In the early-nineties, a visionary special-effects guru named Marc Thorpe conjured a field of dreams different from any the world had seen before: it would be framed by unbreakable plastic instead of cornstalks; populated not by ghostly ballplayers but by remote-controlled robots, armed to the steely teeth, fighting in a booby-trapped ring. If you built it, they’d come all right.
In Gearheads, Newsweek technology correspondent Brad Stone examines the history of robotic sports, from their cultish early years at universities and sci-fi conventions to today’s televised extravaganzas – and the turmoil that threatened the whole enterprise almost from the beginning. Stone surveys robotic combat’s evolution, profiling the obsessive, brilliant builders; their ingenious, fearsome, often witty creations; and recounts the bitter power struggle between Thorpe and the record executive whose company financed the sport – a battle that pitted true belief in one corner and profitability in the other, and destroyed much more than just robots.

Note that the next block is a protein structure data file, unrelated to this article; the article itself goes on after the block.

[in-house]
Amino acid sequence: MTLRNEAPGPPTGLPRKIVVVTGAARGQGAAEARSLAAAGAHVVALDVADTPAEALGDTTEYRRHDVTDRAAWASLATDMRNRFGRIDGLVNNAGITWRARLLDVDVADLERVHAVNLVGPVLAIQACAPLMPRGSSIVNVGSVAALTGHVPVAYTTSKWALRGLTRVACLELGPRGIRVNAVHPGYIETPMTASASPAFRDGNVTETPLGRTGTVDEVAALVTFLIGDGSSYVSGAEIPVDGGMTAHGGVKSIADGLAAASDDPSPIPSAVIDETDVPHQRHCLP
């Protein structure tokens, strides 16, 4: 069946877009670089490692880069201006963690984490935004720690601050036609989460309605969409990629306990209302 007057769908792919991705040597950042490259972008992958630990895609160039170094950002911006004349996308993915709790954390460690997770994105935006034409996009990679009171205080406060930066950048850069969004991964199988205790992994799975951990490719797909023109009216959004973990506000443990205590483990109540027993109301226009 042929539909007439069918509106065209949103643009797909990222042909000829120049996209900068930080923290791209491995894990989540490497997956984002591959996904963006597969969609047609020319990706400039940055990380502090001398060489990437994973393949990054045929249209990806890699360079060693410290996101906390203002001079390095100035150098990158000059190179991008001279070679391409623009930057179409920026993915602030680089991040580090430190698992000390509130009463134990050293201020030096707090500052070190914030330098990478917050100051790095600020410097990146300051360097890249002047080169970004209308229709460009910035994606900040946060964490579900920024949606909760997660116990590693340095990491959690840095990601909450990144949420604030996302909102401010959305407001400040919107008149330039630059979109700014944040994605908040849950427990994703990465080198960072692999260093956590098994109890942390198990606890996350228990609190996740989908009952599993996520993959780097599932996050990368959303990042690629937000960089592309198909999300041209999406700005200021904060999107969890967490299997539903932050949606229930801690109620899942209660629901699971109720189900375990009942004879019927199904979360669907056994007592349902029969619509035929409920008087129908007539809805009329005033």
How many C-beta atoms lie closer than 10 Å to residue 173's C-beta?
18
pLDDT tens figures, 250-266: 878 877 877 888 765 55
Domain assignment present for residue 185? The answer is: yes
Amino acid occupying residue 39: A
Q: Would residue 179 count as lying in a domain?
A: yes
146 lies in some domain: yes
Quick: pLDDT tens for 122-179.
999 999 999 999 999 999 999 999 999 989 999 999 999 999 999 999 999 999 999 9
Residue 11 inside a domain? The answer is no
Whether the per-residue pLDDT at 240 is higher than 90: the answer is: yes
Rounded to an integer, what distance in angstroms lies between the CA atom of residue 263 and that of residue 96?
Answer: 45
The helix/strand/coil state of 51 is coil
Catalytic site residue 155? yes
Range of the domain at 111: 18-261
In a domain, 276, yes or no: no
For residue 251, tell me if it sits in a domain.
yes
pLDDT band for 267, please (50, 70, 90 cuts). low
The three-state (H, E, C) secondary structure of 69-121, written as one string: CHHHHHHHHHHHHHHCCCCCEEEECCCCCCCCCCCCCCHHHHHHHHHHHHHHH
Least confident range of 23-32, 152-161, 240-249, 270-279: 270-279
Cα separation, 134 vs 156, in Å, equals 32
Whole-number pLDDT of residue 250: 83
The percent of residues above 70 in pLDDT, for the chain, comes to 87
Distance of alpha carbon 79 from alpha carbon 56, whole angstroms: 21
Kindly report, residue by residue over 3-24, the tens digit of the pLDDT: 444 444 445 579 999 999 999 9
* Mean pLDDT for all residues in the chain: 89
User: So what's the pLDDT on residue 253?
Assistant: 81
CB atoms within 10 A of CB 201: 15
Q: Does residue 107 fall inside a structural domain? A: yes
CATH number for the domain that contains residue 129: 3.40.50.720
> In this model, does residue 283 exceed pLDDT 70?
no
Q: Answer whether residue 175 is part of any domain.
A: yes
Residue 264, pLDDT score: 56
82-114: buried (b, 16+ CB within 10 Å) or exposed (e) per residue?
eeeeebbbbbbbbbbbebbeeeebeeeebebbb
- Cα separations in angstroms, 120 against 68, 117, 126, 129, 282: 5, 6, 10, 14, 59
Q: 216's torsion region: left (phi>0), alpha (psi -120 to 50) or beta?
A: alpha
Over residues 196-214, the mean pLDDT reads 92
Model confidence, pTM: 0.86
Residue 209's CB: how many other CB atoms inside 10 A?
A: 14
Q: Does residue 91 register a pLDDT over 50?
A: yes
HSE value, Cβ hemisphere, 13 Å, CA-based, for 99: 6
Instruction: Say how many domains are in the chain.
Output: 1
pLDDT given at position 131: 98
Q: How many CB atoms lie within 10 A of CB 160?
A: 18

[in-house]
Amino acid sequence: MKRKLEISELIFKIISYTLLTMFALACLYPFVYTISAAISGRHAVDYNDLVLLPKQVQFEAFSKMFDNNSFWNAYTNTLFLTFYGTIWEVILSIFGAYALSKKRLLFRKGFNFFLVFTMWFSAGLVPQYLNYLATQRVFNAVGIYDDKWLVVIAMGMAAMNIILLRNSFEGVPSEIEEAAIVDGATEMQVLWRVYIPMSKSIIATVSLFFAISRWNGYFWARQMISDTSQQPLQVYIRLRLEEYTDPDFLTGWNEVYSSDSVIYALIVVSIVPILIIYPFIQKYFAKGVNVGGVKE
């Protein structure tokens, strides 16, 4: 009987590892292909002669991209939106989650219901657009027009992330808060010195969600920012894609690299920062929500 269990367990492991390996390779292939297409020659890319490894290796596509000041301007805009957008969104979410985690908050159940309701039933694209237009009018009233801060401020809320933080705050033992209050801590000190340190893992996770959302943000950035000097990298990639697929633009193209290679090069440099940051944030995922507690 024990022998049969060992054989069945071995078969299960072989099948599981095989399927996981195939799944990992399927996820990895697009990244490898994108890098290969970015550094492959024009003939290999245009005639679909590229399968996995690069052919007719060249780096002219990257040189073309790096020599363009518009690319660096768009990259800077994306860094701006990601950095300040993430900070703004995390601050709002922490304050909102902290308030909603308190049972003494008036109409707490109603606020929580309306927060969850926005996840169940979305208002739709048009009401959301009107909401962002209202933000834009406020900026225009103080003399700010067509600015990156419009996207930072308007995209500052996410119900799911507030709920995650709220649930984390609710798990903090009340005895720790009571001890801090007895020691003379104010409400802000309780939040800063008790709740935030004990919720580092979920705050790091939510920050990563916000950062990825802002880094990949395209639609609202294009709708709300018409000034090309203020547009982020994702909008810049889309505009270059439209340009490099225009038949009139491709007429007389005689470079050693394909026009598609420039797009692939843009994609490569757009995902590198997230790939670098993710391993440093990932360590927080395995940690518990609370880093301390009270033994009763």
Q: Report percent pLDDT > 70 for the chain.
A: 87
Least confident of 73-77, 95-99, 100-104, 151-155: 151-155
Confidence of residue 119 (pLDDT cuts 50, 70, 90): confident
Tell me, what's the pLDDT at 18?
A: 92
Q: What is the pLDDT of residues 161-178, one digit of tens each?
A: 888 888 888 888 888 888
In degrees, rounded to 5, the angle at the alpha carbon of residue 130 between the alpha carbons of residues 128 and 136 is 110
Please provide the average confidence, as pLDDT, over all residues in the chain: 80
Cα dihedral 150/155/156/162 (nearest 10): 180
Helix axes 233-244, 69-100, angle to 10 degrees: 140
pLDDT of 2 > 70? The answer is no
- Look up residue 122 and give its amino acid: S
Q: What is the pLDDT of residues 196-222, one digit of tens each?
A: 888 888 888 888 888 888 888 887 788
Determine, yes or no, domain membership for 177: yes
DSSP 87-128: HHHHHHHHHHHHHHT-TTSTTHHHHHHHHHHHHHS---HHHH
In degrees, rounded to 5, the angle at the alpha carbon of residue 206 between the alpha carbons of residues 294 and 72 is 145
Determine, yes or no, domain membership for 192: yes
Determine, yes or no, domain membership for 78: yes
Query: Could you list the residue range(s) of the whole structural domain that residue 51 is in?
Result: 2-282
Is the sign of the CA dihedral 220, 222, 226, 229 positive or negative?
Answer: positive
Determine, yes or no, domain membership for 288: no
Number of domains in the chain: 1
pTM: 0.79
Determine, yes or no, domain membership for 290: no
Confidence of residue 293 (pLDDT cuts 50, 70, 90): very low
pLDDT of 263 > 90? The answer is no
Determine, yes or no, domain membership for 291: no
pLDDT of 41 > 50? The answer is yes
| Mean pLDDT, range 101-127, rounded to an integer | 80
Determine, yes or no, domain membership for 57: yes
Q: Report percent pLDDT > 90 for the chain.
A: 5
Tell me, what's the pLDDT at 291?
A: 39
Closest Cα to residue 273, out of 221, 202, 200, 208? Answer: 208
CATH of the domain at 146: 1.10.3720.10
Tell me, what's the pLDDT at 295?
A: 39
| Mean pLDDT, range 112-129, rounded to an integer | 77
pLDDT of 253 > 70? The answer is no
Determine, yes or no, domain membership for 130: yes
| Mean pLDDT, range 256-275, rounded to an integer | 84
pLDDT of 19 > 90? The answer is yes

Of Gearheads, Kirkus Reviews says the events described in the book “may be emblematic of our civilization.” Publisher’s Weekly says that “all the elements of a taut thriller are here.” Wired magazine says, “the book moves fast and offers high-rpm clashes. A lawsuit-slinging exec reduces Robot Wars founder Marc Thorpe to financial ruin, and supergeek Dean Kamen weighs in with dismay as cash and TV deals go to Segway’s crude cousins. Still, the robots multiply, undeterred by human frailty. ”
By turns a lively historical narrative, a legal thriller, and exploration of a cultural and technological phenomenon, Gearheads is a funny and fascinating look at the sport of the future today.